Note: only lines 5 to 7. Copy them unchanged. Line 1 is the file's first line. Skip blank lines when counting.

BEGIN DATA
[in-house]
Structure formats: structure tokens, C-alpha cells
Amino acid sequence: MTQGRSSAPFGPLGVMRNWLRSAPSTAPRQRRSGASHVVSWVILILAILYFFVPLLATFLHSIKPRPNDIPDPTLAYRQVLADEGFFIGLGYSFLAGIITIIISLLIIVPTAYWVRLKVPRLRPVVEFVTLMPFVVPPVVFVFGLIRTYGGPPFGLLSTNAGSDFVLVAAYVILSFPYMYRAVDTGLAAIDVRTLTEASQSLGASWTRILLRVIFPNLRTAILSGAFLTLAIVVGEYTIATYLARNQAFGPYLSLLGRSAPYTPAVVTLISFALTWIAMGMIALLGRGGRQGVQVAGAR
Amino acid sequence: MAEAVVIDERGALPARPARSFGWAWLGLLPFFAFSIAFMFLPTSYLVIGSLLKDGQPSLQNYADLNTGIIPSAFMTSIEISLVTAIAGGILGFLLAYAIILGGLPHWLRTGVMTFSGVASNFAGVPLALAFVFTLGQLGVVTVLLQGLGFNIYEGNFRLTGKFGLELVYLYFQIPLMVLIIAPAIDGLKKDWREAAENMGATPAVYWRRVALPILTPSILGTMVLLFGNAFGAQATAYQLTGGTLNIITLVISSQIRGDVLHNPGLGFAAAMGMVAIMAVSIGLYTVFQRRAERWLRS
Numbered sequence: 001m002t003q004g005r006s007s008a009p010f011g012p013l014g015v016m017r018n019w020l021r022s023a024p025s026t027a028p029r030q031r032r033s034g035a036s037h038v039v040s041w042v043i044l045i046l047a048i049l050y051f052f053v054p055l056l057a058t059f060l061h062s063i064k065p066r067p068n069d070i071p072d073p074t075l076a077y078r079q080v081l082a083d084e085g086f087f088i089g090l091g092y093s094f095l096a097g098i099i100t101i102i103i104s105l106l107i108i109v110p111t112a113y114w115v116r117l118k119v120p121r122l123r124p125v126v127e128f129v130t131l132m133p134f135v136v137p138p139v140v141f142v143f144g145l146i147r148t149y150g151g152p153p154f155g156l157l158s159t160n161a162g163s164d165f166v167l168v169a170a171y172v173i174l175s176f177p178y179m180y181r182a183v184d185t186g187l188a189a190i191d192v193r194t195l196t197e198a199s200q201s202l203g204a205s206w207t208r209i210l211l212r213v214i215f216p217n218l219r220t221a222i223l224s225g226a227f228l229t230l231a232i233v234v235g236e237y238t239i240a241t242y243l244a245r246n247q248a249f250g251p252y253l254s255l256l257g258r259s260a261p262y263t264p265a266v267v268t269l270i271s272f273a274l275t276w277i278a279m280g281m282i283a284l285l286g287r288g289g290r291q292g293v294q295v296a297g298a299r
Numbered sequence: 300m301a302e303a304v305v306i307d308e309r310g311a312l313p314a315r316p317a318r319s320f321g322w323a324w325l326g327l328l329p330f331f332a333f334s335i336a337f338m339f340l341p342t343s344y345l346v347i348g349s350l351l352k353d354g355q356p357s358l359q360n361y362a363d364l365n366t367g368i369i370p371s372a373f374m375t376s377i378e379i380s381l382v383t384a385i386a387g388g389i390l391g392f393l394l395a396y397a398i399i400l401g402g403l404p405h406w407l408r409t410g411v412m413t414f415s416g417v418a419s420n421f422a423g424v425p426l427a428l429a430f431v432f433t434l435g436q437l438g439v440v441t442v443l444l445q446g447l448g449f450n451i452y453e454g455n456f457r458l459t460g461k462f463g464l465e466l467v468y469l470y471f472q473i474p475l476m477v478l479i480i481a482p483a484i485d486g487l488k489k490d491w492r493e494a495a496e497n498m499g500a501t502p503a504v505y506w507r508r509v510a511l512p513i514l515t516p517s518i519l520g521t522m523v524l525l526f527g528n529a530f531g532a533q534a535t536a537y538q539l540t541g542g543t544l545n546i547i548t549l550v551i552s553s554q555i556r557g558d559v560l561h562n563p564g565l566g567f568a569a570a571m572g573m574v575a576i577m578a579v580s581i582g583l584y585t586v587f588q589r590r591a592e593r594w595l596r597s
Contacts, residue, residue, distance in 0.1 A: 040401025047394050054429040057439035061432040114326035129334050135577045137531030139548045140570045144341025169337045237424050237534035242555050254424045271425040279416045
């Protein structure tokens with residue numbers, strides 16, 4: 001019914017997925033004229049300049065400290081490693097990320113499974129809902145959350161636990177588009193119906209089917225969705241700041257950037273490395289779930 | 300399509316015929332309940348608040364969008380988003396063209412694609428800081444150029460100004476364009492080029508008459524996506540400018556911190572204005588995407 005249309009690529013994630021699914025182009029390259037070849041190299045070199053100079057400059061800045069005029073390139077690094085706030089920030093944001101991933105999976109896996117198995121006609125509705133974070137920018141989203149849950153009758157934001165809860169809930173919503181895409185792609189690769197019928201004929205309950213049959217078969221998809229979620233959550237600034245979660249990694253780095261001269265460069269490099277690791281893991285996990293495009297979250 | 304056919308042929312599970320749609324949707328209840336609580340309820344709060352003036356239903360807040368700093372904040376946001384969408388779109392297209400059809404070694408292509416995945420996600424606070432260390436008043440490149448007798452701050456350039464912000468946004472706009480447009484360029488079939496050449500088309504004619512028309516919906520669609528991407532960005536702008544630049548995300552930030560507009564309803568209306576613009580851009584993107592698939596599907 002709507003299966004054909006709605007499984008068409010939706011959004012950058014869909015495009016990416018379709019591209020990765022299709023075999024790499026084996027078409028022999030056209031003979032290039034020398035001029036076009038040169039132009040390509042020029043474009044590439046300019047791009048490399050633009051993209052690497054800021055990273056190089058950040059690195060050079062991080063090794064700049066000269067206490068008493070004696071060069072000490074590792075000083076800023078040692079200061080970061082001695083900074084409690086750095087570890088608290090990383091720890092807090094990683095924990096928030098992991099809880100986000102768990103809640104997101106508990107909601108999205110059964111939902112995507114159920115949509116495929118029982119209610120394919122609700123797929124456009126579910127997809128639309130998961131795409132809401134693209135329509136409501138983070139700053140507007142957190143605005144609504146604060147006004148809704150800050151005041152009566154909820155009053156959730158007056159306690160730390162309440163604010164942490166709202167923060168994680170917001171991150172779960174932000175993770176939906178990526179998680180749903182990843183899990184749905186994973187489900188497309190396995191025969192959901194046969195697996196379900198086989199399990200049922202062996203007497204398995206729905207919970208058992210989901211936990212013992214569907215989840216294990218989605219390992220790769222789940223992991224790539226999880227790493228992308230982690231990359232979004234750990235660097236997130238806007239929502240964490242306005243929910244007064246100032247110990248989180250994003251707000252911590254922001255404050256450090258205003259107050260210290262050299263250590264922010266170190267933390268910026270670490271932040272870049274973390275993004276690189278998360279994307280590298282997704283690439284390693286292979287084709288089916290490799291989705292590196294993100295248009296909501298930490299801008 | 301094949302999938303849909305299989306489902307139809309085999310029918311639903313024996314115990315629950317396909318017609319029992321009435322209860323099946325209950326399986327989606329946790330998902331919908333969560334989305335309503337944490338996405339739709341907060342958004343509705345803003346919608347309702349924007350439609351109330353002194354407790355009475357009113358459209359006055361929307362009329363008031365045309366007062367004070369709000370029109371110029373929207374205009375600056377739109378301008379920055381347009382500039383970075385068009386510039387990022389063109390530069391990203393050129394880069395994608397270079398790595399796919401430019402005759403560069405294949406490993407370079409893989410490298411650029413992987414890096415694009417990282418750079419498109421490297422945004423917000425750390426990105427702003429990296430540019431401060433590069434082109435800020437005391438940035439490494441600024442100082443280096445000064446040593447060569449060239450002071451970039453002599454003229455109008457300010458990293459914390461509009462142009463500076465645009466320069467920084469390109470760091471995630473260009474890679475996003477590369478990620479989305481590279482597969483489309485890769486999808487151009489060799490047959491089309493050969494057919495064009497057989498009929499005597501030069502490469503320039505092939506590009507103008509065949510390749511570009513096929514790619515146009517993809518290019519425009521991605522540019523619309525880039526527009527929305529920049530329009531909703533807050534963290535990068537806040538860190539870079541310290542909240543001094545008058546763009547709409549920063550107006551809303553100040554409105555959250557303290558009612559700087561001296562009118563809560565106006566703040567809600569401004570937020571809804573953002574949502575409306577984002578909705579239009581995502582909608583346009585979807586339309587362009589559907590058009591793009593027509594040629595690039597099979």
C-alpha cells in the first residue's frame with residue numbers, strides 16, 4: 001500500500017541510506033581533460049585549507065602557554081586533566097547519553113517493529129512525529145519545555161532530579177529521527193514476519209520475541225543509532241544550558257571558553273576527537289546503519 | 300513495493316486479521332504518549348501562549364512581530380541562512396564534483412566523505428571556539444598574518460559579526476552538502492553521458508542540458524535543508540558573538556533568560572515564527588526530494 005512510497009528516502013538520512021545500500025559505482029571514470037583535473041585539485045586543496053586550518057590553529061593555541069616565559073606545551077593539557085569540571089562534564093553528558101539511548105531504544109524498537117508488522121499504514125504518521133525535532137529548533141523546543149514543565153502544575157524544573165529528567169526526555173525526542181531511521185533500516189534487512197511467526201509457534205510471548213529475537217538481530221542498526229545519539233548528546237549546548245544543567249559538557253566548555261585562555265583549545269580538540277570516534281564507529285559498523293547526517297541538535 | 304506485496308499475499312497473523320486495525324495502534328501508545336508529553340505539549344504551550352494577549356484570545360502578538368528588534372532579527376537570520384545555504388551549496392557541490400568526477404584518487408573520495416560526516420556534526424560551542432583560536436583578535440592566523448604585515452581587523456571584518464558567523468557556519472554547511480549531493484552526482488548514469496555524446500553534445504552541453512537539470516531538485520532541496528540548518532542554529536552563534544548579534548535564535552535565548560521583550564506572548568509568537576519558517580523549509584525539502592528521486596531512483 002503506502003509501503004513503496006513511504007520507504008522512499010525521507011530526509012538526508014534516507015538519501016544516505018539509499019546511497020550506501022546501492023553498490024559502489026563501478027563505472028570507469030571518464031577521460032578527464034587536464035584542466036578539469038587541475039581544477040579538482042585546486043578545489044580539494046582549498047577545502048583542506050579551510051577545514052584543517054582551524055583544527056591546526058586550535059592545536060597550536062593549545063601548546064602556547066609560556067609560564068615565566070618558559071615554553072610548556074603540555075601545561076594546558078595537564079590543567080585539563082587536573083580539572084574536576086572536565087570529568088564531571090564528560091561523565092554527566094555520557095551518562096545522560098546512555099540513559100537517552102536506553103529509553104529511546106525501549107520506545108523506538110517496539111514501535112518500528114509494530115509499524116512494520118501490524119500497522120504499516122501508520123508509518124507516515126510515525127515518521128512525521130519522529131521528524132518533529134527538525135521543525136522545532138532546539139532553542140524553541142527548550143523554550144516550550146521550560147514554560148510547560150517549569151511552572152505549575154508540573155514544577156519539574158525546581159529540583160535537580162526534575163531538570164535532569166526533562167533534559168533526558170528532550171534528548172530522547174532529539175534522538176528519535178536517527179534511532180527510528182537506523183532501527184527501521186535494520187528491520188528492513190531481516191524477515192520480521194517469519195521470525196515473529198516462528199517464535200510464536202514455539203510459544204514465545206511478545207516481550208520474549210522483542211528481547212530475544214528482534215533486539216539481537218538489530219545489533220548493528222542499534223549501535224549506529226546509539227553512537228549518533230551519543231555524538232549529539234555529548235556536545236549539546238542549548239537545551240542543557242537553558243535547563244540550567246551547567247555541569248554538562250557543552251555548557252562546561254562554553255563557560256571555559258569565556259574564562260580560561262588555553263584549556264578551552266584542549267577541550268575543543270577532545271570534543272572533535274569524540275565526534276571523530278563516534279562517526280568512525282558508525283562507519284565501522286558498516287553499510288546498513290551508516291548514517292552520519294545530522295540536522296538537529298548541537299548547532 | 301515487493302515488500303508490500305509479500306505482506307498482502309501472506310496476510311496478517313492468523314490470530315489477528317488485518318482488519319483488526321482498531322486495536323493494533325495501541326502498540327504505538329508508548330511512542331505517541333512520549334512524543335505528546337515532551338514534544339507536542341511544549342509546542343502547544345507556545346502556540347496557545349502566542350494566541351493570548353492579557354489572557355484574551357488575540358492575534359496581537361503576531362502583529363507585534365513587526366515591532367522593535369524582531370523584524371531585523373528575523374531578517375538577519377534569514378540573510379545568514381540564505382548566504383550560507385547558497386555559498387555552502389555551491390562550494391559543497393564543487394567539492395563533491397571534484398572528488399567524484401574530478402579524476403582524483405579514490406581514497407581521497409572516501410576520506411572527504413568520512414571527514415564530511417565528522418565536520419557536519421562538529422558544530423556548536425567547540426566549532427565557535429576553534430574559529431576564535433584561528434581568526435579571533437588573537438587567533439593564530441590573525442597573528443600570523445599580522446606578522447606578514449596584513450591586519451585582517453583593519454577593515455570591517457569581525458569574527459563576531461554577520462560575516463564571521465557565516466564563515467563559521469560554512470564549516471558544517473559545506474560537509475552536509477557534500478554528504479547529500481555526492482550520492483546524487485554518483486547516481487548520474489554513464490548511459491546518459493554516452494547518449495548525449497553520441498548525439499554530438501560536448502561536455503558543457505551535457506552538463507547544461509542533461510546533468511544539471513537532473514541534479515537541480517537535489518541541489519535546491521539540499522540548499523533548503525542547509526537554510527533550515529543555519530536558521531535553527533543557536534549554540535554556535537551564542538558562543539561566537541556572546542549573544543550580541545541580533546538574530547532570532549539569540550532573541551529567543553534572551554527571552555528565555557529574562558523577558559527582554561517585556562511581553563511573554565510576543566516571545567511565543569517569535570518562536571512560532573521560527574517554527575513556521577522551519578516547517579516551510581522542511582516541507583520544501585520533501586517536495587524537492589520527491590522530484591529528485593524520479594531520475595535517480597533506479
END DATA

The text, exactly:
Numbered sequence: 001m002t003q004g005r006s007s008a009p010f011g012p013l014g015v016m017r018n019w020l021r022s023a024p025s026t027a028p029r030q031r032r033s034g035a036s037h038v039v040s041w042v043i044l045i046l047a048i049l050y051f052f053v054p055l056l057a058t059f060l061h062s063i064k065p066r067p068n069d070i071p072d073p074t075l076a077y078r079q080v081l082a083d084e085g086f087f088i089g090l091g092y093s094f095l096a097g098i099i100t101i102i103i104s105l106l107i108i109v110p111t112a113y114w115v116r117l118k119v120p121r122l123r124p125v126v127e128f129v130t131l132m133p134f135v136v137p138p139v140v141f142v143f144g145l146i147r148t149y150g151g152p153p154f155g156l157l158s159t160n161a162g163s164d165f166v167l168v169a170a171y172v173i174l175s176f177p178y179m180y181r182a183v184d185t186g187l188a189a190i191d192v193r194t195l196t197e198a199s200q201s202l203g204a205s206w207t208r209i210l211l212r213v214i215f216p217n218l219r220t221a222i223l224s225g226a227f228l229t230l231a232i233v234v235g236e237y238t239i240a241t242y243l244a245r246n247q248a249f250g251p252y253l254s255l256l257g258r259s260a261p262y263t264p265a266v267v268t269l270i271s272f273a274l275t276w277i278a279m280g281m282i283a284l285l286g287r288g289g290r291q292g293v294q295v296a297g298a299r
Numbered sequence: 300m301a302e303a304v305v306i307d308e309r310g311a312l313p314a315r316p317a318r319s320f321g322w323a324w325l326g327l328l329p330f331f332a333f334s335i336a337f338m339f340l341p342t343s344y345l346v347i348g349s350l351l352k353d354g355q356p357s358l359q360n361y362a363d364l365n366t367g368i369i370p371s372a373f374m375t376s377i378e379i380s381l382v383t384a385i386a387g388g389i390l391g392f393l394l395a396y397a398i399i400l401g402g403l404p405h406w407l408r409t410g411v412m413t414f415s416g417v418a419s420n421f422a423g424v425p426l427a428l429a430f431v432f433t434l435g436q437l438g439v440v441t442v443l444l445q446g447l448g449f450n451i452y453e454g455n456f457r458l459t460g461k462f463g464l465e466l467v468y469l470y471f472q473i474p475l476m477v478l479i480i481a482p483a484i485d486g487l488k489k490d491w492r493e494a495a496e497n498m499g500a501t502p503a504v505y506w507r508r509v510a511l512p513i514l515t516p517s518i519l520g521t522m523v524l525l526f527g528n529a530f531g532a533q534a535t536a537y538q539l540t541g542g543t544l545n546i547i548t549l550v551i552s553s554q555i556r557g558d559v560l561h562n563p564g565l566g567f568a569a570a571m572g573m574v575a576i577m578a579v580s581i582g583l584y585t586v587f588q589r590r591a592e593r594w595l596r597s
Contacts, residue, residue, distance in 0.1 A: 040401025047394050054429040057439035061432040114326035129334050135577045137531030139548045140570045144341025169337045237424050237534035242555050254424045271425040279416045